He’s much better about all this since we had Kitty. But the thing is, unless my husband goes on out a bender every so often, he goes a bit mad.
He will claim, over and over again, that all he wants to do is bath Kitty, make dinner, watch something on the telly and go to bed and read his book. But after a straight 6 weeks of this, he starts to lose it and fray round the edges. If he was a parrot, he would start pecking out his feathers. He becomes catty, stroppy and unmanageable. He mopes about the house like a depressed King Kong. He starts wailing “Are we just going to go to bed at 9.30pm every night for the rest of our lives??”
At which point, I send him off out of the house and tell him not to come back until morning. Like on Thursday, when he left the house at 12.30pm for lunch and didn’t come back until 3.30am. He’d had strict instructions to sleep in the spare room but he decided that this was not on and so came in and got into bed, waking me up. Then he woke me up further at 5am when he needed to wee, battering the door jamb with unsteady shoulders and stepping heavily on both outward and homeward journey on the really creaky floorboard that we both hop over in the night (when sober).
The next morning he was as contrite and pliable as a feverish child, his eyes trembling with pain as he tried to recall exactly what happened to him between 8pm and 3am. “And I think I’ve lost my black jumper,” he said, sadly. “I’m sorry I’m such a terrible person,” he added, wringing his hands together.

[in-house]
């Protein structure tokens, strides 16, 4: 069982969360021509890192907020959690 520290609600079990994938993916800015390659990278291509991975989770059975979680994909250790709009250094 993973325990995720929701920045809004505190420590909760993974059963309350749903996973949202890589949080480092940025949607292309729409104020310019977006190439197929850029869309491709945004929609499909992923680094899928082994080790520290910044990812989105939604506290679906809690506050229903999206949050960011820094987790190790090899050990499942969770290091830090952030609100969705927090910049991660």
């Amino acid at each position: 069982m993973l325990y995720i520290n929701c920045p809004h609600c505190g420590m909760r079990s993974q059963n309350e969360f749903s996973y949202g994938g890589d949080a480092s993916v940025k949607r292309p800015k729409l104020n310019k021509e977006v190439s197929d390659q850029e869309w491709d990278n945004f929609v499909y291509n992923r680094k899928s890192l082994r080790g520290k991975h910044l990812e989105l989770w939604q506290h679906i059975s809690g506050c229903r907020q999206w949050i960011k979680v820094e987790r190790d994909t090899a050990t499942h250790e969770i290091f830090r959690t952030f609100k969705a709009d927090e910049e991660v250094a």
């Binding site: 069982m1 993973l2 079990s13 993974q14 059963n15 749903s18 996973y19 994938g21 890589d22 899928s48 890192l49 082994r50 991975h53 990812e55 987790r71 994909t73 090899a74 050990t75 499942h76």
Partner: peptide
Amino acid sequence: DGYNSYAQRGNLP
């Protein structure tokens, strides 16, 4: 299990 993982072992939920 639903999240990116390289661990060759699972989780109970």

And just like that, he will be good as gold for at least a fortnight. Tee hee.
But when he is not on a bender, or revving up for a bender – and is instead feeling uxorious, he often cooks for us. I am a terribly resentful cook, finding the whole thing an awful drag as I do it all the time, while my husband revels in it, when he has the time to do it, and cooks generously and imaginatively.
Anyway the other night he made us a starter of breaded scallops, which he found in Nigel Slater’s fast food and they were really great
1 clove of garlic, crushed
finely grated zest of one lemon
3 tbs chopped flat leaf parsley
75 room temperature butter
1 quantity of scallops – about 3 handfuls small ones?
1 beaten egg
fresh breadcrumbs or medium matzoh meal would work just as well
butter and groundnut oil for frying
1 Mix the garlic, zest and parsley into the butter and season with black pepper
2 Dip the scallops into the beaten egg and then roll them in breadcrumbs
3 Heat some oil and butter in a pan until you have about a cm in the pan. Heat until hot and then fry off the scallops for about 3 mins each side. Set aside
4 Chuck out the oil and butter and then heat your garlic/parsley/butter concoction and spoon over your scallops when midly frazzed and melty – about 30 secs.
Eat and wash down with an Alka Seltzer.